When the Laughter Stopped
Bob Hope's 100 years of radical politics.
When Bob Hope was born 100 years ago today, the world was a substantially different place. Coal had not yet been discovered. Some people still walked on their hands. Most important, there was a void in the world that didn't allow human laughter. Before Bob Hope, the world was a pit of human sorrow. Now, laughter is everywhere.
John Steinbeck once wrote of Bob, "There is a man. There really is a man." Sadly, though, little else has been written about him, and even less has been understood. In this piece I intend to reveal the truth about the real Bob, which has been covered up by media titans throughout the decades. They've had good reason. Bob Hope is perhaps our country's leading subversive, its most strident political radical. As the following timeline will indicate, if Bob had gotten his way over the years, America would have been a different place. Actually, if he'd really gotten his way, it would have been turned over to the Cherokee.
Happy Birthday, Bob!
His livelihood crushed by a union lockout at United Stone and Steel, a British mason named William Henry Hope moves his family to Cleveland, Ohio, to seek a better life. The fifth of his seven children is Leslie Townes Hope, who becomes the Bob we adore. Bob later jokes, "I left England at the age of 4 after my father's dreams were crushed by the cruel machinery of capitalist enterprise."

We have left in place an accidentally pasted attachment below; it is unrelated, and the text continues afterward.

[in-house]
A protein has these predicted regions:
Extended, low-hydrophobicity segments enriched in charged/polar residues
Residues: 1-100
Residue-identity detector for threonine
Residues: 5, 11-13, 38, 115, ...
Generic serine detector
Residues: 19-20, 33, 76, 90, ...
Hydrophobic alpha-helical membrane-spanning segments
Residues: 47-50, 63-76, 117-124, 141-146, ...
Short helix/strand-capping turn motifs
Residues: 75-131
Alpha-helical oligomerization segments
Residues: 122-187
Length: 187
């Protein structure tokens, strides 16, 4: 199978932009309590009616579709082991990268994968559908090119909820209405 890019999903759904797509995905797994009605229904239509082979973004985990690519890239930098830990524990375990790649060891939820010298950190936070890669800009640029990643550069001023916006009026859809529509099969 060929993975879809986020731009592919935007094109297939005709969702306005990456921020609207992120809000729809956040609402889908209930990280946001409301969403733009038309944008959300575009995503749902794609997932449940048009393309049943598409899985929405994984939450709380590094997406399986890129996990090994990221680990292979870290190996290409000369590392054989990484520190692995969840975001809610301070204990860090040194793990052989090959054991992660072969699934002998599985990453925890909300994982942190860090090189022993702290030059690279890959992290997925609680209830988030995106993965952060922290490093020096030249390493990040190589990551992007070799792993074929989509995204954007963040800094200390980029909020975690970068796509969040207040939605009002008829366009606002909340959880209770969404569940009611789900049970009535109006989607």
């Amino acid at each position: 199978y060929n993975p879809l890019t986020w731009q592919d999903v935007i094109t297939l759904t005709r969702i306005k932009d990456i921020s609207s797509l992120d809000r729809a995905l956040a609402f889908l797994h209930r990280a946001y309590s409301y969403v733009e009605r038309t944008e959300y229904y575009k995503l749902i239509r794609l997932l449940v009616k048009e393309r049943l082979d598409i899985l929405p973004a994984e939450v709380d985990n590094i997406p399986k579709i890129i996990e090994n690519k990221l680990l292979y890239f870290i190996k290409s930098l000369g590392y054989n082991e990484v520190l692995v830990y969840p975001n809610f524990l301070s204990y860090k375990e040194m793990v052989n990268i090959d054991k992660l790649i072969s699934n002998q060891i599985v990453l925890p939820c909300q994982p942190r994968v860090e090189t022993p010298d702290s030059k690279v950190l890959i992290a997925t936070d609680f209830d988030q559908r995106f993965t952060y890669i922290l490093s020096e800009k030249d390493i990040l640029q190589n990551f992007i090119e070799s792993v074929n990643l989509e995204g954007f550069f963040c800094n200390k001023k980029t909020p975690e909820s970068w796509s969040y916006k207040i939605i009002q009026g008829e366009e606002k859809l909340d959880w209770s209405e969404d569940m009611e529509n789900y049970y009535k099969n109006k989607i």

Bob begins amateur boxing as "The Battling Suffragette." He quits after dropping a bout to Emma Goldman.
With vaudeville partner George Byrne, Bob debuts on Broadway in the revue Arise, Ye Children of Oppression. The show closes when Ruby Keeler breaks an ankle during the Potemkin dance. "I used to struggle to make ends meet," Bob later said. "I wouldn't have had anything to eat if it wasn't for the stuff the audience threw at me. That just shows you how a political system based on class stratification degrades the working man."
Bob's first major career break comes when he's cast as the wisecracking union organizer Huckleberry Haines in the Broadway musical Roberta. That same year, at a Eugene Debs fund-raiser at the Vogue Club on 57th Street, he meets a young singer named Dolores, whose passionate anti-fascist speeches cause him to swoon with love.
Fresh off his successful movie debut in The Big Broadcast of 1938, where he first sings his signature hit, "Thanks for the Memories, O Red Brigade Martyrs of Spain," Bob gets asked by Pepsodent to do his own radio show on NBC. He refuses the offer until the company agrees to stop selling toothpaste to the Nazis.
After a vicious battle with the studio, a duet between Bob and Dorothy Lamour that decries the injustice of purdah is cut from The Road to Morocco. Hope tells Daily Variety, "Crosby is a dangerous reactionary."
Bob gives his legendary USO concert during the battle of Stalingrad. He tells the troops, "Look at me, fellas, these are the kinds of clothes you'd be wearing if you lived in America." He quickly adds, "But you wouldn't want to live in America because it's a bourgeois democracy."
Neal Pollack is the author of Alternadad. He lives in Los Angeles.
Illustration by Charlie Powell.